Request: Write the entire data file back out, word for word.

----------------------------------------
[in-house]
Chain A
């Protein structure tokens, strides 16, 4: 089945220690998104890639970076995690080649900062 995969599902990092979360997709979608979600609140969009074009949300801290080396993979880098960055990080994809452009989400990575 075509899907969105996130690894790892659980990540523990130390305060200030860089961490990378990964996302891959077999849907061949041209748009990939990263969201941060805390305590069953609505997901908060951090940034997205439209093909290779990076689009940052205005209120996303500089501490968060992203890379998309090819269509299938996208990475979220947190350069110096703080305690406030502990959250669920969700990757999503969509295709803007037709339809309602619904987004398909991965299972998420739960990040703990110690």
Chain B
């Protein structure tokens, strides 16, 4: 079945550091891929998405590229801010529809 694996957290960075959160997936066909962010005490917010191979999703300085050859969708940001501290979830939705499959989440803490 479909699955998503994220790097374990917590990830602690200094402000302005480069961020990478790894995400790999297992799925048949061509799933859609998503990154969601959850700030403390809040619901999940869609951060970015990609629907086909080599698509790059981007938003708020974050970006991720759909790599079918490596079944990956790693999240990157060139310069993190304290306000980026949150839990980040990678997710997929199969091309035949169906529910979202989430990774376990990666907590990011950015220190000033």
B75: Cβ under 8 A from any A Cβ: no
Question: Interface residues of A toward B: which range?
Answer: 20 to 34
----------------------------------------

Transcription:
[in-house]
Chain A
């Protein structure tokens, strides 16, 4: 089945220690998104890639970076995690080649900062 995969599902990092979360997709979608979600609140969009074009949300801290080396993979880098960055990080994809452009989400990575 075509899907969105996130690894790892659980990540523990130390305060200030860089961490990378990964996302891959077999849907061949041209748009990939990263969201941060805390305590069953609505997901908060951090940034997205439209093909290779990076689009940052205005209120996303500089501490968060992203890379998309090819269509299938996208990475979220947190350069110096703080305690406030502990959250669920969700990757999503969509295709803007037709339809309602619904987004398909991965299972998420739960990040703990110690």
Chain B
């Protein structure tokens, strides 16, 4: 079945550091891929998405590229801010529809 694996957290960075959160997936066909962010005490917010191979999703300085050859969708940001501290979830939705499959989440803490 479909699955998503994220790097374990917590990830602690200094402000302005480069961020990478790894995400790999297992799925048949061509799933859609998503990154969601959850700030403390809040619901999940869609951060970015990609629907086909080599698509790059981007938003708020974050970006991720759909790599079918490596079944990956790693999240990157060139310069993190304290306000980026949150839990980040990678997710997929199969091309035949169906529910979202989430990774376990990666907590990011950015220190000033």
B75: Cβ under 8 A from any A Cβ: no
Question: Interface residues of A toward B: which range?
Answer: 20 to 34